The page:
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In this thread: The suits of James Bond and whether he should always be well tailored.

Discussion in 'Streetwear and Denim' started by MickeyPunch, Mar 24, 2016.

  1. MickeyPunch

    MickeyPunch Senior member

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    Read somewhere that Daniel Craig wore his suits in two different sizes depending on whether it was an action scene or not.
     
  2. Gruff

    Gruff Senior member

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    I can see that making sense. To my mind, a tailored suit fits well at the price of restricted mobility. Craig would certainly need to size up for the action.
     
  3. NaTionS

    NaTionS Senior member

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    They would have a dozen or so suits tailored for each specific type of scene, ie. fighting, motorcycle riding, etc...
     
  4. venividivicibj

    venividivicibj Senior member

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    A good tailored suit doesn't limit mobility. Bonds Tom ford suits are terrible. Very fashion forward. And a size or two too tight
     
  5. LA Guy

    LA Guy Opposite Santa Staff Member Admin Moderator

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    Whether one thinks they are terrible or not, I would argue that they are in keeping with the character, as reimagined for today's audience and played by Daniel Craig. James Bond is not by breeding or inclination a very "classic guy". If I remember his backstory, he is essentially a orphan kid who is trained to become some sort of special ops guy, and he is routinely insubordinate. A tight Tom Ford suit, a bit flashy (he also has rather flashy tastes in cars and women) seems right for the character.
     
    Last edited: Mar 24, 2016
  6. LA Guy

    LA Guy Opposite Santa Staff Member Admin Moderator

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  7. venividivicibj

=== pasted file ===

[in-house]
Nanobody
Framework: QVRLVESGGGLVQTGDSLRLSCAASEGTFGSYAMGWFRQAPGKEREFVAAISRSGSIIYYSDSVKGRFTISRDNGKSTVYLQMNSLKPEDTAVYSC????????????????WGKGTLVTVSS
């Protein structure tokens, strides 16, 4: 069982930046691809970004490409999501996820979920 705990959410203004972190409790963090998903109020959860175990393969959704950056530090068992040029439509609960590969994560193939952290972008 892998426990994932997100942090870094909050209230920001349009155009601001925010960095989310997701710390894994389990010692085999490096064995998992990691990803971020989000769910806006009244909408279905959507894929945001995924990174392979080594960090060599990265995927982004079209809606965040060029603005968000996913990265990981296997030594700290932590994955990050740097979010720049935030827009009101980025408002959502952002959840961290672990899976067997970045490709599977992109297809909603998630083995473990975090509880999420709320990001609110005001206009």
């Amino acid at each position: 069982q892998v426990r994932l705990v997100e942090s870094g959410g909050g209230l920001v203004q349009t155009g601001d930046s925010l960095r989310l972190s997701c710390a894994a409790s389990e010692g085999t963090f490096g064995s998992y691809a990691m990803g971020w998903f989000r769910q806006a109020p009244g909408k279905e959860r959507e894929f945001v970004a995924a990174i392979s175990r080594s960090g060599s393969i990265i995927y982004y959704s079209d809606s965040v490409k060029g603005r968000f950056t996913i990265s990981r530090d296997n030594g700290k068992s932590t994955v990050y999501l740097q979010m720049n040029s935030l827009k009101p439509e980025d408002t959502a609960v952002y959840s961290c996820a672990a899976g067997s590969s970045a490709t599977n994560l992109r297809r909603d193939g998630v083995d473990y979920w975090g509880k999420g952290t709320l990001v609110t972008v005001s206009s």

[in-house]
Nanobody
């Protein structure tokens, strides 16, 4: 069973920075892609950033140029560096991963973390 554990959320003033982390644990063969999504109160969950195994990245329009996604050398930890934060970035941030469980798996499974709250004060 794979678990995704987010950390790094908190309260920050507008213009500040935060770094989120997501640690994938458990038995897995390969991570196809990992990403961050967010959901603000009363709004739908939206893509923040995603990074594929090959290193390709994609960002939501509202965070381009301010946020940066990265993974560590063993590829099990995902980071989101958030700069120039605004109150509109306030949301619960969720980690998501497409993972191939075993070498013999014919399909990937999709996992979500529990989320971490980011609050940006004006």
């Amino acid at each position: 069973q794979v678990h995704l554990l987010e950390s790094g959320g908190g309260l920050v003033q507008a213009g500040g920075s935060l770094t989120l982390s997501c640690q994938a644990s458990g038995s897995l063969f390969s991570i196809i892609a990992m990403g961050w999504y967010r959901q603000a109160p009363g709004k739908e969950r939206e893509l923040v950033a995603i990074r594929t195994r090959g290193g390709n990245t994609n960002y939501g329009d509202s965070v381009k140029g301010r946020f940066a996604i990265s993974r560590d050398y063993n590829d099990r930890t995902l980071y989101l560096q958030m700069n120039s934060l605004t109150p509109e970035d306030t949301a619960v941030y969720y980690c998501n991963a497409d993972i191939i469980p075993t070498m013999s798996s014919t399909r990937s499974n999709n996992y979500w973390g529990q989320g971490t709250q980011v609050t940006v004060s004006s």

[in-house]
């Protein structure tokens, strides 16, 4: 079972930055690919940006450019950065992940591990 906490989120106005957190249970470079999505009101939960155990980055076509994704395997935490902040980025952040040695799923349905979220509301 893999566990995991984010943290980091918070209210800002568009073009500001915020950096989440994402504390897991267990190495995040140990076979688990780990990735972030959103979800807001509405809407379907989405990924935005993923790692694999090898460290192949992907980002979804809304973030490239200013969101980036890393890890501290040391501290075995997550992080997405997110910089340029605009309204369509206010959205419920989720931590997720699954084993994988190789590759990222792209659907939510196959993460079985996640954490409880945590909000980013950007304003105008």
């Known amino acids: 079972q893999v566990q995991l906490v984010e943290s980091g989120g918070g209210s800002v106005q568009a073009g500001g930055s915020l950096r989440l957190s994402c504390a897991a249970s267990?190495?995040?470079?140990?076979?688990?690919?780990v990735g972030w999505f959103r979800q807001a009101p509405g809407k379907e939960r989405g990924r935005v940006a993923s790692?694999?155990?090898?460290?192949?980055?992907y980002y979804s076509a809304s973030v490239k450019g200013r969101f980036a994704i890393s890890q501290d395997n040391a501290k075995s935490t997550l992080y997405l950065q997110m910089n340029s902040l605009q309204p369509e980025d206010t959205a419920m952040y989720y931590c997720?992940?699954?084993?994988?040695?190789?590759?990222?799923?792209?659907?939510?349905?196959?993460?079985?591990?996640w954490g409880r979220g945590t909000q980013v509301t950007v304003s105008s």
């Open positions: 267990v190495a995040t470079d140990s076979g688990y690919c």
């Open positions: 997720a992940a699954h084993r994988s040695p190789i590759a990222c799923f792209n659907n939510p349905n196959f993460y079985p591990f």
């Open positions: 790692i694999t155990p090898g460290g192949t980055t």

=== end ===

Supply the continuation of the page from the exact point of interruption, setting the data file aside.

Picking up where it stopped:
venividivicibj Senior member

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    of course, I was saying from a traditional standpoint, they do not fit. From a character standpoint the new (craig) bond does tend to exhibit those traits. Yeah, orphan, both parent killed - laters finds out they were also agents (or at least his father was, i forget), and he joins up as well.
     
  8. LA Guy

    LA Guy Opposite Santa Staff Member Admin Moderator

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    Sure, I would agree with you. I would also say that the character should be dressed as the character, not as an exemplar of classical dressing. I may be biased since I find the Daniel Craig Bond a lot more compelling than any other Bond character. Every other Bond has bored me.
     
  9. Rais

    Rais Senior member

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    Dalton was the best Bond with the best suit fit.

    [​IMG]
     
  10. dieworkwear

    dieworkwear Senior member

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    You can have a flashier suit that actually fits well though. The Tom Ford stuff often just didn't fit very well on Daniel Craig -- too much waist suppression, lapels pulling away from the chest, etc. It often looked like a bad alterations job, rather than the kind of stuff Tom Ford is actually famous for.
     
    Last edited: Mar 24, 2016
  11. venividivicibj

    venividivicibj Senior member

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    No Connery?
     
  12. LA Guy

    LA Guy Opposite Santa Staff Member Admin Moderator

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    I like old Connery. That is a man. Young Connery is a boy. No, I like the grit of Daniel Craig a lot more.
     
  13. LA Guy

    LA Guy Opposite Santa Staff Member Admin Moderator

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    That is the way a lot of flashy guys like their suits to fit, though. From a classicist POV, it makes no sense, but it could be a deliberate choice. If you go to sites like SuitSupply's, for example, according to traditional standards, all of those suits are too small. I suppose that you could say that it was a botched tailoring job, over many suits, but given the resources put into play to make a James Bond movie, it seems difficult to believe that wardrobe botched all of the suits, and then said "You know what? Screw it. It looks fine."

    I guess that if you see James Bond as a style icon above anything, then yes, there is a complaint to be made. But if you see James Bond as a more fleshed out character, a self-made man of sorts, with a chip on his shoulder and a penchant for mayhem and flash. then the suits make a lor more sense.
     
  14. dieworkwear

    dieworkwear Senior member

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    Ehh .. I feel like I'm reasonably open minded about how a suit can fit and how designers can reinterpret things. Some things are just bad tailoring.

    If you take that extreme of a relativist view (ie "that's just how some guys want their suits to fit"), then it's impossible to judge anything. You could say that for books, movies, music, art, etc -- yes, these things are all subjective, but you can also reasonably say some things are good and some things are bad.
     
    Last edited: Mar 24, 2016

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